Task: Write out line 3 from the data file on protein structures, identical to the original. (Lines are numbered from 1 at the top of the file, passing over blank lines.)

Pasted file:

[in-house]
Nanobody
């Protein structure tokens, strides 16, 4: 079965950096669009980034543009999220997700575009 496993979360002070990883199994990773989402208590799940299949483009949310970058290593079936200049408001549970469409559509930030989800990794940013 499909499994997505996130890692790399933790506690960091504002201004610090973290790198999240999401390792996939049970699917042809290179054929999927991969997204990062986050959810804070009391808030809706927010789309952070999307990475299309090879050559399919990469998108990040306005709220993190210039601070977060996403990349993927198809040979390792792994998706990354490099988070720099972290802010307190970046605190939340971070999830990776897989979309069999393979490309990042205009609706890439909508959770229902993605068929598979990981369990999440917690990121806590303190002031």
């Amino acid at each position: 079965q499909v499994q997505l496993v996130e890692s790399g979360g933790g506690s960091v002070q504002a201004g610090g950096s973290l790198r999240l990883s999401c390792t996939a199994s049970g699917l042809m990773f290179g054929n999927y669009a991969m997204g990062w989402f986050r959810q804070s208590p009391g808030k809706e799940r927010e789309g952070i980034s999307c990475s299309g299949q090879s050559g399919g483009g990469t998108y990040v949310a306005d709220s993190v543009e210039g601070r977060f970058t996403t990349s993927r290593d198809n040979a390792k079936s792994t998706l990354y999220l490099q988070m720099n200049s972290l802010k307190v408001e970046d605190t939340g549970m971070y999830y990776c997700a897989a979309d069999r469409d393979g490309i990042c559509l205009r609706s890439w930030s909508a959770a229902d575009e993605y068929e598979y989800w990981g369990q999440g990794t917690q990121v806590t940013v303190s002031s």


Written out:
């Protein structure tokens, strides 16, 4: 079965950096669009980034543009999220997700575009 496993979360002070990883199994990773989402208590799940299949483009949310970058290593079936200049408001549970469409559509930030989800990794940013 499909499994997505996130890692790399933790506690960091504002201004610090973290790198999240999401390792996939049970699917042809290179054929999927991969997204990062986050959810804070009391808030809706927010789309952070999307990475299309090879050559399919990469998108990040306005709220993190210039601070977060996403990349993927198809040979390792792994998706990354490099988070720099972290802010307190970046605190939340971070999830990776897989979309069999393979490309990042205009609706890439909508959770229902993605068929598979990981369990999440917690990121806590303190002031």